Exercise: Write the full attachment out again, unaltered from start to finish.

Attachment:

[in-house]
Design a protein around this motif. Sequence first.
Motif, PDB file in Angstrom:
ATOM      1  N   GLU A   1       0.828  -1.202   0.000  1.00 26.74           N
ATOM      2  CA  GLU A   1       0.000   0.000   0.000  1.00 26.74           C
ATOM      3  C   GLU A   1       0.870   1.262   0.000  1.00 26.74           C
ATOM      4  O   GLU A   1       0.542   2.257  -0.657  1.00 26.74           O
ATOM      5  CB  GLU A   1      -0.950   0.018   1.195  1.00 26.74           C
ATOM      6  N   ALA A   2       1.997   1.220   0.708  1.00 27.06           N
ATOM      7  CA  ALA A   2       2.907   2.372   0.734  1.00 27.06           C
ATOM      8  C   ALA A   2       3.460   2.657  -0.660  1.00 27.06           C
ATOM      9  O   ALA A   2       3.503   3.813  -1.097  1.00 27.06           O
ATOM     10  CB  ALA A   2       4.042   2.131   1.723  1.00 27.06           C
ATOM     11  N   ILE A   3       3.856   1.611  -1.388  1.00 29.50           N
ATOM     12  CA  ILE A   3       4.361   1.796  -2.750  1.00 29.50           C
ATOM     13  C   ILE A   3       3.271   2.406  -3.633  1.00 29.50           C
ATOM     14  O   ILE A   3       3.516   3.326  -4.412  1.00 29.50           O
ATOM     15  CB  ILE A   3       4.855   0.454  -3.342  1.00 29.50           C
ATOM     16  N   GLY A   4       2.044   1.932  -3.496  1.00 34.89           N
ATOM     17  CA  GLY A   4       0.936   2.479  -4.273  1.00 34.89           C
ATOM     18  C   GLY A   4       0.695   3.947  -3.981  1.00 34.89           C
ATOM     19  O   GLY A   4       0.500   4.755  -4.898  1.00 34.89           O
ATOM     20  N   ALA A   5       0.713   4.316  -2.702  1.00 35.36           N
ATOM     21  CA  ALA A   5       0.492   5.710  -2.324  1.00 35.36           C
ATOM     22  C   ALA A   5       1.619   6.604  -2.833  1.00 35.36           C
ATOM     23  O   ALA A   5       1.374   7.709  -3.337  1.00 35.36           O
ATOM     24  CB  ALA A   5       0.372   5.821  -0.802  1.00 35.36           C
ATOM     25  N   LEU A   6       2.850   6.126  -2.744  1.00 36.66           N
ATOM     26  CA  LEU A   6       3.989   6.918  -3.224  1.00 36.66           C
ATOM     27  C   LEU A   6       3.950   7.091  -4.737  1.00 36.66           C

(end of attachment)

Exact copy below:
[in-house]
Design a protein around this motif. Sequence first.
Motif, PDB file in Angstrom:
ATOM      1  N   GLU A   1       0.828  -1.202   0.000  1.00 26.74           N
ATOM      2  CA  GLU A   1       0.000   0.000   0.000  1.00 26.74           C
ATOM      3  C   GLU A   1       0.870   1.262   0.000  1.00 26.74           C
ATOM      4  O   GLU A   1       0.542   2.257  -0.657  1.00 26.74           O
ATOM      5  CB  GLU A   1      -0.950   0.018   1.195  1.00 26.74           C
ATOM      6  N   ALA A   2       1.997   1.220   0.708  1.00 27.06           N
ATOM      7  CA  ALA A   2       2.907   2.372   0.734  1.00 27.06           C
ATOM      8  C   ALA A   2       3.460   2.657  -0.660  1.00 27.06           C
ATOM      9  O   ALA A   2       3.503   3.813  -1.097  1.00 27.06           O
ATOM     10  CB  ALA A   2       4.042   2.131   1.723  1.00 27.06           C
ATOM     11  N   ILE A   3       3.856   1.611  -1.388  1.00 29.50           N
ATOM     12  CA  ILE A   3       4.361   1.796  -2.750  1.00 29.50           C
ATOM     13  C   ILE A   3       3.271   2.406  -3.633  1.00 29.50           C
ATOM     14  O   ILE A   3       3.516   3.326  -4.412  1.00 29.50           O
ATOM     15  CB  ILE A   3       4.855   0.454  -3.342  1.00 29.50           C
ATOM     16  N   GLY A   4       2.044   1.932  -3.496  1.00 34.89           N
ATOM     17  CA  GLY A   4       0.936   2.479  -4.273  1.00 34.89           C
ATOM     18  C   GLY A   4       0.695   3.947  -3.981  1.00 34.89           C
ATOM     19  O   GLY A   4       0.500   4.755  -4.898  1.00 34.89           O
ATOM     20  N   ALA A   5       0.713   4.316  -2.702  1.00 35.36           N
ATOM     21  CA  ALA A   5       0.492   5.710  -2.324  1.00 35.36           C
ATOM     22  C   ALA A   5       1.619   6.604  -2.833  1.00 35.36           C
ATOM     23  O   ALA A   5       1.374   7.709  -3.337  1.00 35.36           O
ATOM     24  CB  ALA A   5       0.372   5.821  -0.802  1.00 35.36           C
ATOM     25  N   LEU A   6       2.850   6.126  -2.744  1.00 36.66           N
ATOM     26  CA  LEU A   6       3.989   6.918  -3.224  1.00 36.66           C
ATOM     27  C   LEU A   6       3.950   7.091  -4.737  1.00 36.66           C